Overcome Cyber Security Challenges of a Remote Workforce
COVID-19 has challenged businesses to think about operations in a new way, and in many cases, your IT specialists may be supporting employees for the first time ever that were never intended or conceived to be remote or fully remote.
With an increased risk of employees falling prey to cyber-attacks, AAFCPAs advises clients to create new policies and leverage technologies to keep their company’s data and employees safe while working in their remote and often home environments. Our IT Security Specialists have provided the following key considerations and best practice recommendations to ensure clients can support a remote workforce while maintaining secure network access.
Cyber Security Questions to Consider
- Do you have a set of standard, practicable measures to ensure IT security of a remote workforce?
- Do you provide devices to your employees or do you allow a bring your own device (BYOD) security scheme?
- Have you informed and educated your workforce about the additional dangers during this time?
What Countermeasures/Risk Mitigation Techniques Can I Implement?
Ensure Logical Security of Devices at Home
Whether your users are working on company-issued computers or BYODs, the following tips can help secure at home use:
- Ensure users have changed the default name of their home Wi-Fi and confirm network passwords are unique, strong, and changed. Additionally, advise users to turn on their wireless router’s maximum encryption setting (any router with encryption settings below WPA2 should be replaced with one that is more capable), and disable SSID broadcasting to the general public. Ensure the wireless router’s firewall is turned on/or install a good firewall solution.
- Ensure user devices have up-to-date operating systems, security software, and firewalls. Tools can be used to verify the most up to date patches have been applied.
- Use a virtual private network (VPN) or remote desktop protocol (RDP) to access your network.
- Assess and advise employees of risks associated with home Internet of Things (IoT) devices, such as smart TVs, speakers, sprinklers, thermostats, video doorbells, printers, and more… These devices should not be on the same network used to access company data, but rather on a secondary or guest network.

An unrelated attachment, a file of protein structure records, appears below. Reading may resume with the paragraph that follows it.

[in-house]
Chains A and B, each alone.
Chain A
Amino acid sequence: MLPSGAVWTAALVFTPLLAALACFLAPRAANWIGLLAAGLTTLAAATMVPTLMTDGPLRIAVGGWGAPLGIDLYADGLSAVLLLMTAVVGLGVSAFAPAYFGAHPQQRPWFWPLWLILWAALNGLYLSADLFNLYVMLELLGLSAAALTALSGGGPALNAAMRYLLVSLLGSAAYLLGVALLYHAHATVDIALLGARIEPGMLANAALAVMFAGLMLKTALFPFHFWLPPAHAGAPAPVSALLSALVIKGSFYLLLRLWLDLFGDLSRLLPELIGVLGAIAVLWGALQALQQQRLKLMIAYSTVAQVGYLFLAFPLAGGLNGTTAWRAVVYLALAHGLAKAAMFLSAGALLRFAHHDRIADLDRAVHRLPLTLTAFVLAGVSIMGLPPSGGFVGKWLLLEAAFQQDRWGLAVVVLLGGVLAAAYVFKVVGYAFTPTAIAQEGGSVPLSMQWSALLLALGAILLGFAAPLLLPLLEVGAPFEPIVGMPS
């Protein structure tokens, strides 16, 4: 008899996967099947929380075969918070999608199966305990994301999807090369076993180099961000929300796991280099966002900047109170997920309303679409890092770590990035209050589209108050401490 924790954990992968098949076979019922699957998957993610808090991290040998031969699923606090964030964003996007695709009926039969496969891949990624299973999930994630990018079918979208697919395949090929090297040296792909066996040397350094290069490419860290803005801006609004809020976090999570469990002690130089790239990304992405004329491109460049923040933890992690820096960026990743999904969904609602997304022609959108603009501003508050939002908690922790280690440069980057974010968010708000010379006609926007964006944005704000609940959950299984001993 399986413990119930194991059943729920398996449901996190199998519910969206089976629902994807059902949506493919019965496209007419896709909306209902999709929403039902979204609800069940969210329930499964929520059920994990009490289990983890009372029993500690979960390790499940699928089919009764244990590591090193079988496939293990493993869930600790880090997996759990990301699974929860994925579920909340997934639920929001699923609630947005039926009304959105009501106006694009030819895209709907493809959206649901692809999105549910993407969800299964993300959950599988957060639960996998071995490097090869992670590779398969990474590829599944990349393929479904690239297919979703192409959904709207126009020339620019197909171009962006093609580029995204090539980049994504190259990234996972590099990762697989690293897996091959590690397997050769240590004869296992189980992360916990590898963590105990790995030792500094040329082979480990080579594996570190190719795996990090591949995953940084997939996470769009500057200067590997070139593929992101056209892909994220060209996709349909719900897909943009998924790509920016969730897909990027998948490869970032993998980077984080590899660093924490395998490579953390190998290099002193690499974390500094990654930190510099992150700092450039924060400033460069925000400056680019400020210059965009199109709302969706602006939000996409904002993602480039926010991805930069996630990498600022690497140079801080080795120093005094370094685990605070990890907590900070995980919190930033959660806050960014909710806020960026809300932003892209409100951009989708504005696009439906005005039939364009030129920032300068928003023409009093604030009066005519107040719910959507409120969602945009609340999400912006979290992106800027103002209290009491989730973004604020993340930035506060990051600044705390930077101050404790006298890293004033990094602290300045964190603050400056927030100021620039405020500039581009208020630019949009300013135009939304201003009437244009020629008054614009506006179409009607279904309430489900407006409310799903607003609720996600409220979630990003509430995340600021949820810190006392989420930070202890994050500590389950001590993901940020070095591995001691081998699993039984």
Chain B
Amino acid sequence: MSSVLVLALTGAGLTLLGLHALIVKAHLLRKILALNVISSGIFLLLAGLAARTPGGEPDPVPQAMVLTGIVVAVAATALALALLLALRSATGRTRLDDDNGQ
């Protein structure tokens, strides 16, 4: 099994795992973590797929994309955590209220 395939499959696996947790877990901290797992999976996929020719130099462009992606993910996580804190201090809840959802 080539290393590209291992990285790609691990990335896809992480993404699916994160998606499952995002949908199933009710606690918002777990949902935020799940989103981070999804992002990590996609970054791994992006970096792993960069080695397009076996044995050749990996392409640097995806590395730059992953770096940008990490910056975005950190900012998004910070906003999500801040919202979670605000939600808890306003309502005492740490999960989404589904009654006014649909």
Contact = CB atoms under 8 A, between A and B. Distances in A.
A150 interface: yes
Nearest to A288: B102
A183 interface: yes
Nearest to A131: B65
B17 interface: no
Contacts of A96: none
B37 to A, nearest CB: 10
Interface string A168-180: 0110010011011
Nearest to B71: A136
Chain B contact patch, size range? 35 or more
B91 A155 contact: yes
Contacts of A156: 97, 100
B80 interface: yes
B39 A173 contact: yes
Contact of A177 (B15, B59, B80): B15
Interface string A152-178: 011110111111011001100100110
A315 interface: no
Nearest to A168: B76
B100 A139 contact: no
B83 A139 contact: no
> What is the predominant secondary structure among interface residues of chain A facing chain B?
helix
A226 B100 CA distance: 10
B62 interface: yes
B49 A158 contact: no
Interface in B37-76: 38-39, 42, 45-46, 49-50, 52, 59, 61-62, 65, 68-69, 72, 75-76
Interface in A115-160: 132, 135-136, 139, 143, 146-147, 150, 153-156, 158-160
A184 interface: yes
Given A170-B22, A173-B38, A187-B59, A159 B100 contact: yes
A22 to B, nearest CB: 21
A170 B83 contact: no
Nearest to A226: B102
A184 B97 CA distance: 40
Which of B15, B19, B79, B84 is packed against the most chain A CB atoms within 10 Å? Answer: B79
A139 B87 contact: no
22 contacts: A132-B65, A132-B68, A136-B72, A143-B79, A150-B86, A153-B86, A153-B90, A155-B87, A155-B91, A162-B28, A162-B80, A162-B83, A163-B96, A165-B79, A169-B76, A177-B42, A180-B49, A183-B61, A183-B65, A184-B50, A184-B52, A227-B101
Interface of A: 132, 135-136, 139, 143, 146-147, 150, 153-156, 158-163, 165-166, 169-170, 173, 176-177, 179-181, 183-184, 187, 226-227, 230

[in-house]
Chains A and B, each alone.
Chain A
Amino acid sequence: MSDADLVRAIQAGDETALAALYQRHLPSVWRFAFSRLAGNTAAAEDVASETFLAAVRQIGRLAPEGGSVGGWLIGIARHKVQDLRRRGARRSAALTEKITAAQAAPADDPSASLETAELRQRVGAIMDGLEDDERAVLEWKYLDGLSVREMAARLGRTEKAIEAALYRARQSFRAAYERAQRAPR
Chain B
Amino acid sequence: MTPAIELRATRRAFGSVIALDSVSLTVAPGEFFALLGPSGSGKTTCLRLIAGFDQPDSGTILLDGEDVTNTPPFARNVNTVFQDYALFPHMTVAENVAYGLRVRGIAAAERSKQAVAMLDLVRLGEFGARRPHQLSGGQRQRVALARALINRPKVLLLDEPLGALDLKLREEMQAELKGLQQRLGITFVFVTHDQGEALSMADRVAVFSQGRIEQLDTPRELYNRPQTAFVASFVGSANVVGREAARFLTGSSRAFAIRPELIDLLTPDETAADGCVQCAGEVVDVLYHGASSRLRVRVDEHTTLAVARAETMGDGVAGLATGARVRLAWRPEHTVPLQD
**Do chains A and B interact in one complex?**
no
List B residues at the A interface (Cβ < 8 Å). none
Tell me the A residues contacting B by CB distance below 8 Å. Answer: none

Ensure Physical Security of Devices at Home
Bad actors, hackers, and thieves rely to a great extent on weaknesses in users. AAFCPAs advises clients to consider the following weaknesses to ensure your employees’ devices are physically secure:
- Discourage employees from sharing their login credentials with others, including individuals they may trust in their home.
- Do individuals, such as kids or significant others, have separate computer accounts on the systems? These systems are at an increased risk of exposure to malware.
- If you allow printing from home, provide protocols for protecting and disposing of printed material.
- Ensure employees have mandatory hard-drive encryption.
- Ensure data on your employees’ devices is backed up on a regular basis and centralized on the company’s systems. This will mitigate risks associated with Ransomware.
- Request that laptops be stored in a secure area when not in use.
Maintain Security Awareness
AAFCPAs advises clients to customize their IT Security Awareness Program for remote users to ensure your employees are mindful of security threats and avoid common pitfalls. Employee vigilance is the most effective component in keeping your data and systems secure. Phishing simulation software does a good job at identifying those who need training, and in many cases automatically directs them to training.
Companies transitioning to more remote work, either in response to the pandemic or growing employee demand, must respond to the unique security challenges involved in managing a mobile workforce. AAFCPAs’ Business & IT Consulting practice advises clients on data and systems security to mitigate the risks of serious problems like identity theft, data breaches and data loss.